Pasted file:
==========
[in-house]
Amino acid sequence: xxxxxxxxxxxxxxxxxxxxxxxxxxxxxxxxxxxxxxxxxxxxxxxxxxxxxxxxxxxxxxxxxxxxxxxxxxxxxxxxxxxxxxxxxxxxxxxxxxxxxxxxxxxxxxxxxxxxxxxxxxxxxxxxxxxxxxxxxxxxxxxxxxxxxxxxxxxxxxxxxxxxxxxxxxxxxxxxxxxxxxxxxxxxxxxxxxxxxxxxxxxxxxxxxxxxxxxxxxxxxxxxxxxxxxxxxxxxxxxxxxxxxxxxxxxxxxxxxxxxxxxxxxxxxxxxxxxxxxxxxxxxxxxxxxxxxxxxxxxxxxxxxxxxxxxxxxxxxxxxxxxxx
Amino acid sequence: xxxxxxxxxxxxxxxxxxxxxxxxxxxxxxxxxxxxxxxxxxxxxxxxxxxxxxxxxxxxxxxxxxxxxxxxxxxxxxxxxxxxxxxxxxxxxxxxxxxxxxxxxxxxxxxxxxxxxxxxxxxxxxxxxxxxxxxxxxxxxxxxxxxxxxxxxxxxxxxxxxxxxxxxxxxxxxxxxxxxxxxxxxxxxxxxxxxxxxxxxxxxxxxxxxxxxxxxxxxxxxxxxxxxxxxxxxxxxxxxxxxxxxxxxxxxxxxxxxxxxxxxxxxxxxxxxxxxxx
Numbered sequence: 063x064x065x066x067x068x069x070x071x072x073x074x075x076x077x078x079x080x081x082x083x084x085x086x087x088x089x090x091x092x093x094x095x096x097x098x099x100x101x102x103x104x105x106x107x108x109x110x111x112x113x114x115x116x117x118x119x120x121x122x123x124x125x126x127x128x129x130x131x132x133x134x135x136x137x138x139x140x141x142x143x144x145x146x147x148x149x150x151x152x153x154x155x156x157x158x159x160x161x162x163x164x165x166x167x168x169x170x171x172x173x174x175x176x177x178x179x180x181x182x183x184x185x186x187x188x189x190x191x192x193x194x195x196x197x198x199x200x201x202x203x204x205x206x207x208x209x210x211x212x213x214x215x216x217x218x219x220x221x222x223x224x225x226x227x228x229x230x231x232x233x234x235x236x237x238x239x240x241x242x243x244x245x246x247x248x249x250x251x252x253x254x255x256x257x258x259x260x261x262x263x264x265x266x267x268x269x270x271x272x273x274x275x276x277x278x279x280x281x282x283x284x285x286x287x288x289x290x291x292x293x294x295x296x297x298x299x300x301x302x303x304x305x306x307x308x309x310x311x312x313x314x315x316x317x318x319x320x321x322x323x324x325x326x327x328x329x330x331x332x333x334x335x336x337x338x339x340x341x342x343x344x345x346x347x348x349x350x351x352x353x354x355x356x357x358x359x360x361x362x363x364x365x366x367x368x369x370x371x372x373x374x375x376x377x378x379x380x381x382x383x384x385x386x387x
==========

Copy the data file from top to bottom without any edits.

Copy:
[in-house]
Amino acid sequence: xxxxxxxxxxxxxxxxxxxxxxxxxxxxxxxxxxxxxxxxxxxxxxxxxxxxxxxxxxxxxxxxxxxxxxxxxxxxxxxxxxxxxxxxxxxxxxxxxxxxxxxxxxxxxxxxxxxxxxxxxxxxxxxxxxxxxxxxxxxxxxxxxxxxxxxxxxxxxxxxxxxxxxxxxxxxxxxxxxxxxxxxxxxxxxxxxxxxxxxxxxxxxxxxxxxxxxxxxxxxxxxxxxxxxxxxxxxxxxxxxxxxxxxxxxxxxxxxxxxxxxxxxxxxxxxxxxxxxxxxxxxxxxxxxxxxxxxxxxxxxxxxxxxxxxxxxxxxxxxxxxxxx
Amino acid sequence: xxxxxxxxxxxxxxxxxxxxxxxxxxxxxxxxxxxxxxxxxxxxxxxxxxxxxxxxxxxxxxxxxxxxxxxxxxxxxxxxxxxxxxxxxxxxxxxxxxxxxxxxxxxxxxxxxxxxxxxxxxxxxxxxxxxxxxxxxxxxxxxxxxxxxxxxxxxxxxxxxxxxxxxxxxxxxxxxxxxxxxxxxxxxxxxxxxxxxxxxxxxxxxxxxxxxxxxxxxxxxxxxxxxxxxxxxxxxxxxxxxxxxxxxxxxxxxxxxxxxxxxxxxxxxxxxxxxxxx
Numbered sequence: 063x064x065x066x067x068x069x070x071x072x073x074x075x076x077x078x079x080x081x082x083x084x085x086x087x088x089x090x091x092x093x094x095x096x097x098x099x100x101x102x103x104x105x106x107x108x109x110x111x112x113x114x115x116x117x118x119x120x121x122x123x124x125x126x127x128x129x130x131x132x133x134x135x136x137x138x139x140x141x142x143x144x145x146x147x148x149x150x151x152x153x154x155x156x157x158x159x160x161x162x163x164x165x166x167x168x169x170x171x172x173x174x175x176x177x178x179x180x181x182x183x184x185x186x187x188x189x190x191x192x193x194x195x196x197x198x199x200x201x202x203x204x205x206x207x208x209x210x211x212x213x214x215x216x217x218x219x220x221x222x223x224x225x226x227x228x229x230x231x232x233x234x235x236x237x238x239x240x241x242x243x244x245x246x247x248x249x250x251x252x253x254x255x256x257x258x259x260x261x262x263x264x265x266x267x268x269x270x271x272x273x274x275x276x277x278x279x280x281x282x283x284x285x286x287x288x289x290x291x292x293x294x295x296x297x298x299x300x301x302x303x304x305x306x307x308x309x310x311x312x313x314x315x316x317x318x319x320x321x322x323x324x325x326x327x328x329x330x331x332x333x334x335x336x337x338x339x340x341x342x343x344x345x346x347x348x349x350x351x352x353x354x355x356x357x358x359x360x361x362x363x364x365x366x367x368x369x370x371x372x373x374x375x376x377x378x379x380x381x382x383x384x385x386x387x